Figure 2 The interrelations between governance domains Corporate governance has

Figure 2 the interrelations between governance

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Figure 2. The interrelations between governance domains. Corporate governance has become important, as effective governance ensures that the business environment is fair and transparent, and that companies can be held accountable for their actions [ 76 ].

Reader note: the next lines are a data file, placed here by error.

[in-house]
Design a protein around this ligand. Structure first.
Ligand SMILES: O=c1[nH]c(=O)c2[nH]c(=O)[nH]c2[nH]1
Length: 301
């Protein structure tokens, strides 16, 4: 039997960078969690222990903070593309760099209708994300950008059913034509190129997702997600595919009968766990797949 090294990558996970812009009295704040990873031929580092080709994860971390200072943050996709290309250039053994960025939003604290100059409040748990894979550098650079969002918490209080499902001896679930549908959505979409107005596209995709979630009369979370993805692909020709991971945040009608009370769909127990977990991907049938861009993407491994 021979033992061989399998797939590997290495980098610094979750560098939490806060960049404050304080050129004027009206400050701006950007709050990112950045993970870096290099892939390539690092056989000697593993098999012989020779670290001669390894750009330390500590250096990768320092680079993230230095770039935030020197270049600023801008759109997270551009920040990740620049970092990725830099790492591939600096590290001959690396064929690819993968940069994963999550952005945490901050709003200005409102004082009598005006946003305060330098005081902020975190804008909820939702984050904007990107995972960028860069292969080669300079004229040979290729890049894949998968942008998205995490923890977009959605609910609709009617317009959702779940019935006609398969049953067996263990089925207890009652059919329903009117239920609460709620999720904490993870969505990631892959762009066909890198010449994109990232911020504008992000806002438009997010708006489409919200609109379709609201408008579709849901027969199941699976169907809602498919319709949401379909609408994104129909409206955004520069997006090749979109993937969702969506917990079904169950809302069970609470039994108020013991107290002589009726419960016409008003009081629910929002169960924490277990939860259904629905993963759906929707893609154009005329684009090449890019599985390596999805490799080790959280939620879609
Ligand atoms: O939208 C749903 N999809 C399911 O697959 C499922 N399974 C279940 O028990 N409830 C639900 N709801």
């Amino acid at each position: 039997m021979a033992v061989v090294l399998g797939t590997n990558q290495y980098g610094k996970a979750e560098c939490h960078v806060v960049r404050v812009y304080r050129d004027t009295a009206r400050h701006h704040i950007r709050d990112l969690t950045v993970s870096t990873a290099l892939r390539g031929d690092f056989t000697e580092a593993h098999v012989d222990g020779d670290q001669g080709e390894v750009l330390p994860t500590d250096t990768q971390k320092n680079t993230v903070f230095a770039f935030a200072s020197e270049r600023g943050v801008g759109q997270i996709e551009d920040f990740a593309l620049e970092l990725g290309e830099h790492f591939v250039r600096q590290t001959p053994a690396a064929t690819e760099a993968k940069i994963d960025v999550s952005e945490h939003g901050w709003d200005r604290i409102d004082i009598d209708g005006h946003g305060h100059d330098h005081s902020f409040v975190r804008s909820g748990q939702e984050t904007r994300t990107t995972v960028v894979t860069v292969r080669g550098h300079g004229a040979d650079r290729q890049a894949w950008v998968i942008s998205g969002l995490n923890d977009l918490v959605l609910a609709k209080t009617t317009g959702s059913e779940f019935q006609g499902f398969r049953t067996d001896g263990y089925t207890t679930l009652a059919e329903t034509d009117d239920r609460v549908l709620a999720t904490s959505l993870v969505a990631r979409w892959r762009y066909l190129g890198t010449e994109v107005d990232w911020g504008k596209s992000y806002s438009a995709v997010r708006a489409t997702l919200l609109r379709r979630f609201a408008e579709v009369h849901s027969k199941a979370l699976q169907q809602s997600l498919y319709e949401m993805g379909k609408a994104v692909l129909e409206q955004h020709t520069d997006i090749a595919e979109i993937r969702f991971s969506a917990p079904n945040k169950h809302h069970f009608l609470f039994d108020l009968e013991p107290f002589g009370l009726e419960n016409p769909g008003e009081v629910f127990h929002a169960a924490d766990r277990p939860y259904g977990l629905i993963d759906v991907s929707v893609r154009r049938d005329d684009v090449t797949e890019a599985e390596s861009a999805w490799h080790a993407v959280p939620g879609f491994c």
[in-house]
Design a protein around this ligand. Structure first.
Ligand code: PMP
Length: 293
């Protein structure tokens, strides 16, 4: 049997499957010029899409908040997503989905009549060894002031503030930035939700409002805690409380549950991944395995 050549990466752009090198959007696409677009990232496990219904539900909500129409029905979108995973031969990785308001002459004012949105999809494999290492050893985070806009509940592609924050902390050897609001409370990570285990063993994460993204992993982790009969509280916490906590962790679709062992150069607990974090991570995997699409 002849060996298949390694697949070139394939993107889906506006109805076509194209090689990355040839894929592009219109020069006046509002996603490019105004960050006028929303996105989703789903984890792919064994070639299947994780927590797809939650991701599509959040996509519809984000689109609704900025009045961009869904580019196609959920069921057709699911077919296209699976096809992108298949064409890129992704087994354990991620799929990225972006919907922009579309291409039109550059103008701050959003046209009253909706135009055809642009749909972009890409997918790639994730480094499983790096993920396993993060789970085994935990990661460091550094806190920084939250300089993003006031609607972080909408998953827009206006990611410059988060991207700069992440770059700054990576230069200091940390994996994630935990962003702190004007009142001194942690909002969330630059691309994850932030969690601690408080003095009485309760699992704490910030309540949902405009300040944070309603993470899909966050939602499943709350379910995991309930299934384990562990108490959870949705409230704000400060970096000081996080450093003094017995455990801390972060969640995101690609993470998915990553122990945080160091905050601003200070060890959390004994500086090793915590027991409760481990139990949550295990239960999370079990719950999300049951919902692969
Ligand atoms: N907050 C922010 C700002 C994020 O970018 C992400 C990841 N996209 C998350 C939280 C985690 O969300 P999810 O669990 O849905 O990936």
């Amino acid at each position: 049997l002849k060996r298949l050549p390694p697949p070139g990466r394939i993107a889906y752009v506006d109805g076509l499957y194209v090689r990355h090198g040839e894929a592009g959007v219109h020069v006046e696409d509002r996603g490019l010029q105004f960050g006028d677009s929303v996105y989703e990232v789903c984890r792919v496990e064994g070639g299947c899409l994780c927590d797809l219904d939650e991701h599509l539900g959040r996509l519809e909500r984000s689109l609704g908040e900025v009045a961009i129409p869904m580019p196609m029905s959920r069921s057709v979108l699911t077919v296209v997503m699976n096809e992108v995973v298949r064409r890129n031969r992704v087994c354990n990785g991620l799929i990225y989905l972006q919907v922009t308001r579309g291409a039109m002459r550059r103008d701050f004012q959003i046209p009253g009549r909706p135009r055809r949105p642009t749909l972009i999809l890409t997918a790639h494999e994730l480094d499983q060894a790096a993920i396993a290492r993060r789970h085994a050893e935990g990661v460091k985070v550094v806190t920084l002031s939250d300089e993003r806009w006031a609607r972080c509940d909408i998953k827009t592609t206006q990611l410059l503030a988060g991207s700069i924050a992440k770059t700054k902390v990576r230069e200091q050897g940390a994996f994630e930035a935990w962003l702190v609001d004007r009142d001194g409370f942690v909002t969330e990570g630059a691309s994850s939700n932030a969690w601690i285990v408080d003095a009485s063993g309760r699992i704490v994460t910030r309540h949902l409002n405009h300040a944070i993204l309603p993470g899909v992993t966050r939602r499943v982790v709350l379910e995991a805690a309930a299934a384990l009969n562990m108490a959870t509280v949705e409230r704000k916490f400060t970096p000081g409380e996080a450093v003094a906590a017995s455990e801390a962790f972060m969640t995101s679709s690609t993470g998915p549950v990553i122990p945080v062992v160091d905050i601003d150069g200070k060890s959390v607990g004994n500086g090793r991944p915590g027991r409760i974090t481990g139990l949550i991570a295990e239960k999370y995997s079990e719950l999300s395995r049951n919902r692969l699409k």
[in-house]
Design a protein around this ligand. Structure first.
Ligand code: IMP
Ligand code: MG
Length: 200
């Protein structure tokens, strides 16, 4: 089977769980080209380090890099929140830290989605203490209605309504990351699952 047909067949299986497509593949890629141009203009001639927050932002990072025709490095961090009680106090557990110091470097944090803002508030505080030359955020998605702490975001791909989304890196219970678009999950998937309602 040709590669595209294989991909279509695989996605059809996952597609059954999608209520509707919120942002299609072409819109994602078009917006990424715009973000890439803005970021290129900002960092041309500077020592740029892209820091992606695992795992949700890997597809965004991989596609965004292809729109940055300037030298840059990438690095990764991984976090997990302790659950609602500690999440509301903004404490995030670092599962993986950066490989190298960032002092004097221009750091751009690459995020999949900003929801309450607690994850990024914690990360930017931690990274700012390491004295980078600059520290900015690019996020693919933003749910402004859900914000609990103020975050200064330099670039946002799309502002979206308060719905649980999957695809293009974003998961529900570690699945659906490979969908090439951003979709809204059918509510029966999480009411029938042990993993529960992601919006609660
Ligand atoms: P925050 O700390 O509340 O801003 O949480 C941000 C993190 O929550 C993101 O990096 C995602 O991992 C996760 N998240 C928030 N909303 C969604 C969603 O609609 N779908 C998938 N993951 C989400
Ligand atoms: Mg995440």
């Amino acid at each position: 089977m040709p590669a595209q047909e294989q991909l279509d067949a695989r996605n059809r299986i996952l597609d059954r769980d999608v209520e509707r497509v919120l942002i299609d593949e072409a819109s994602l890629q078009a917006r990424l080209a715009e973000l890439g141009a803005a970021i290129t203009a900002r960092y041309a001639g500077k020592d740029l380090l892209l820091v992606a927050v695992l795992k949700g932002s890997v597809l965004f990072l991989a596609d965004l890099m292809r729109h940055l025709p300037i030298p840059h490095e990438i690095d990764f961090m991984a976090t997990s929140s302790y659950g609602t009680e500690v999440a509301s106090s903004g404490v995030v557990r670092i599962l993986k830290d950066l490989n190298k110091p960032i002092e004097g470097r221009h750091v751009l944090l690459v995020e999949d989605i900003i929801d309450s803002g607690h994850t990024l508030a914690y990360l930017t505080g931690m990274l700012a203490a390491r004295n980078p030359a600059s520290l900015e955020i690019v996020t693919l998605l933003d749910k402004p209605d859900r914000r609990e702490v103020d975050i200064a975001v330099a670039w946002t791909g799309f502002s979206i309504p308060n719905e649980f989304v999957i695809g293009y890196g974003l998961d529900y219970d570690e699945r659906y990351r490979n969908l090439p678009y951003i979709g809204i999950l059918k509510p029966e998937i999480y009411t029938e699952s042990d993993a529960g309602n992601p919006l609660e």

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Sustainability 2018 , 10 , 95 7 of 26 In contrast, weak corporate governance leads to waste, mismanagement and corruption. According to the Organization for Economic Cooperation and Development (OECD), corporate governance is “ a set of relationships between a company’s management, its board, its shareholders, and other stakeholders, corporate governance also provides the structure through which the objectives of the company are set, and the means of attaining the objectives and monitoring performance are determined ” [ 77 ]. In recent years, IT has been the backbone of every business [ 78 ]. As a result, the concept of IT governance has become more important for organisations. IT governance, similarly to corporate governance, is the process of establishing authority, responsibilities, and communication, along with policies, standards, control mechanisms and measurements to enable the fulfilment of defined roles and responsibilities [ 79 ]. Thus, corporate governance can provide a starting point in the definition of IT governance [ 7 ]. According to Herbst et al. (2013), IT governance is defined as “ procedures and policies established in order to assure that the IT system of an organization sustains its goals and strategies ” [ 80 ]. It is pertinent, however, to note that there is a difference between IT governance and IT functions; this difference is not just about the centralisation or decentralisation of IT structures, but also that it is not the sole responsibility of the CIO [ 81 ]. The term “information governance” was introduced by Donaldson and Walker (2004) as a framework to support the work of the National Health Society in the USA. Unfortunately, many organisations have not yet established a clear distinction between information governance and IT governance [ 82 ]. Information governance can be viewed as a subset of corporate governance, with the main objectives being to improve the effectiveness and speed of decisions and processes, to reduce the costs and risks to the business or organisation, and to make maximum use of information in terms of value creation [ 83 ]. Gartner defines information governance as “ the specification of decision rights and an accountability framework to ensure appropriate behaviour in the valuation, creation, storage, use, archiving and deletion of information ” [ 84 ]. The information governance approach focuses on controlling information that is generated by IT and office systems, or their output, but does focus on detailed IT or data capture and quality processes.
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